INVISIBLE FEATURES AND FUNCTIONALITY OF DESIGNS
The seminar “Invisible Features and Functionality of Designs” was held at the Turkish Patent and Trademark Office in Ankara on 21 March 2019. The speakers of the seminar were Dr. İsmail Fidan and Prof. Uma Suthersanen. Dr. Ismail Fidan is an expert on Intellectual Property Law presently working at the Turkish Patent and Trademark Office and Prof. Uma Suthersanen is recognized as a global leader in intellectual property law thanks to her extensive contributions in the said field.
Ms. Yasemin Arslan and Ms. Tugba Derya Yılmaz from Stock Industrial Property Services A.S. have had the privilage to attend the seminar, both of whom are senior patent attorneys specialized in designs.
Dr. Ismail Fidan has presented a detailed outline of the topics of the seminar, initially defining the concepts of invisible designs and providing an in-depth analysis of the said topic within the framework of the Community Design Regulations of the EUIPO, the former Decree-Law No. 554 on the Protection of Industrial Designs in Turkey and the prevailing Turkish Industrial Property Code No. 6769. It should be noted here that, in the absence of relevant provisions in the former Turkish Decree Law No.554 regarding the protection of invisible parts of designs, Turkish Industrial Property Code No. 6769 covers provisions concerning the protection of invisible parts of designs, which are fully harmonized with the provisions of the Community Design Regulations of the EUIPO in this respect.
Dr. Fidan has also addressed the issue of protection of functional designs, providing a general outlook on the said topic and specifically focusing on the provisions regarding functional designs within the framework of the Community Design Regulations of the EUIPO, the former Decree-Law No. 554 on the Protection of Industrial Designs in Turkey and the prevailing Industrial Property Code No. 6769. He has particularly pointed out that Industrial Property Code No. 6769 has now become fully compatible with the respective provisions of the Community Design Regulations in this regard. He has also argued that the indication of the word “any” in the provision regarding functional designs under the former Decree-Law No. 554, namely “designs determined by a technical function not allowing the designer any freedom in the design characteristics and elements fall outside the scope of protection” has been duly excluded from the prevailing IP Turkish Code due to its restrictive nature regarding the implementation of technical designs.
Prof. Uma Suthersanen has, on the other hand, provided a global and extensive perspective regarding the issues under discussion, specifically exclusions and limitations in IP rights as well as the exclusion of functional designs as set forth in Article 8 of Council Regulations (EC) No 6/2002. She has dealt with a number of approaches regarding the functionality of designs, namely the Old British Approach which argues that “a design is invalid where the designer is concerned only with technical function and not with the visual appeal of the product”, “multiplicity of forms” approach, which holds that if there is a design alternative possible that fulfills the same function, the design cannot solely be dictated by its technical function and the alternative approach of “no-aesthetic-consideration-test”. One of the highlights in her presentation has been the shift in designs, wherein a product which the design is intended to be applied to or incorporated can be confusingly similar to a seemingly identical product and she has cited a Court decision of the question of infringement of design rights obtained for spiky balls made and sold for use as laundry aids in this respect.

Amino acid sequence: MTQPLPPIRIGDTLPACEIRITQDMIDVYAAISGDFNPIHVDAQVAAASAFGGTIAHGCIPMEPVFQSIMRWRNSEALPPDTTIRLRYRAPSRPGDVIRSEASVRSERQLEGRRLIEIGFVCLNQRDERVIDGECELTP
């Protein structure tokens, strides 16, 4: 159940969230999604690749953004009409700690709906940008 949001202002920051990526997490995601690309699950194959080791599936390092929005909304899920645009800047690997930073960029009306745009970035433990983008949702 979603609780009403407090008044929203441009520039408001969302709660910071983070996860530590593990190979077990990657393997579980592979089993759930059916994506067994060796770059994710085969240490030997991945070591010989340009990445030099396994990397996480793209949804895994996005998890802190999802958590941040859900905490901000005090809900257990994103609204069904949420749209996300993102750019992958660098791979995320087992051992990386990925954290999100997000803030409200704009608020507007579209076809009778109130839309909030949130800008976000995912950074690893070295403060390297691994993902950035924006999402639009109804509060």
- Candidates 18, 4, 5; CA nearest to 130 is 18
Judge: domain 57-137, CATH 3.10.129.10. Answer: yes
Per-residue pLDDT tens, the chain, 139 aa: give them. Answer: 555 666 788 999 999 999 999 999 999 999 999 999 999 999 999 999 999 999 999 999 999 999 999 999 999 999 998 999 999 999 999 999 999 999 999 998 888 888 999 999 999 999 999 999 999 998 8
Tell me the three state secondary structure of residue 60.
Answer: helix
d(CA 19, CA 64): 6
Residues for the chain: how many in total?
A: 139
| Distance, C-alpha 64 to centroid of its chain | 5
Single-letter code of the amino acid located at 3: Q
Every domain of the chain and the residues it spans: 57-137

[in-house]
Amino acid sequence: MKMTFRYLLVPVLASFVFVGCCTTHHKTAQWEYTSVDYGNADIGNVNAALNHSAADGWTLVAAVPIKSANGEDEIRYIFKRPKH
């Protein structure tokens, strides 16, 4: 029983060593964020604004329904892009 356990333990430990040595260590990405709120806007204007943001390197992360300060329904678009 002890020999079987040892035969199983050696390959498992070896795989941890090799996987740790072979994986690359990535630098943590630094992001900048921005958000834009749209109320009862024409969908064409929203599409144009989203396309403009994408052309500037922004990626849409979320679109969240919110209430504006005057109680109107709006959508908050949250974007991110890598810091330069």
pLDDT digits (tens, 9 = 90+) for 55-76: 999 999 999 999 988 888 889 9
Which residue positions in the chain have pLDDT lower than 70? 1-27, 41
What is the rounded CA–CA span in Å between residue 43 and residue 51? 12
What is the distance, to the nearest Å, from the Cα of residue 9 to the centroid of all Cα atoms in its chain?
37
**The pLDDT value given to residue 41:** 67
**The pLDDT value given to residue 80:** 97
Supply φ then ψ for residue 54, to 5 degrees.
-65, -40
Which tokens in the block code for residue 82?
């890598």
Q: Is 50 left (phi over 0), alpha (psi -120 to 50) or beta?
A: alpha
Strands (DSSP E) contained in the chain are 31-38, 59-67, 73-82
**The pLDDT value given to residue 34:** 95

Notwithstanding the issues discussed in the seminar, a number of questions still remain unanswered:
For a design to be named as an invisible design, does such design need to be invisible in all products to which it is applied, i.e. in case a design is visible in a certain number of products to which it is applied but invisible in the rest, should this design be considered as a visible design?
-Shall the rationale regarding invisible designs and functional designs be evaluated by the Turkish Patent and Trademark Office at all levels of design prosecution? Shall the Turkish Courts and the Turkish Patent and Trademark Office base their decisions of invalidity on these rationale regardless of the fact that these rationale may or may not be stated as grounds for opposition or in a court action?
In conclusion, it has been reasoned that the approaches of the Turkish Patent and Trademark Office relating to the protection of invisible designs and functional designs are not clearly specified and implemented and it is still not definite at which point the provisions regarding the protection of invisible designs and functional designs should be taken into account during the prosecution of the design applications. Hopefully, court decisions may help clear up the ambiguity surrounding the implementation of these criteria. It has further been stated that the Turkish Patent and Trademark Office is unlikely to reject a design application ex officio based on the provisions in the Turkish IP Code since cancellation of a design based on grounds of functionality is only possible through opposition. However, since a design can be rejected outright by the Turkish Patent and Trademark Office ex officio on grounds of visibility, the criteria of visibility and functionality should both be taken into consideration in the assessment of grounds of opposition for designs.
Concluding what has been presented, the seminar on Invisible Features and Functionality of Designs has offered us a comprehensive understanding of the protection of the visible versus invisible parts of designs as well as the protection of designs dictated by technical function from a natural and global perspective.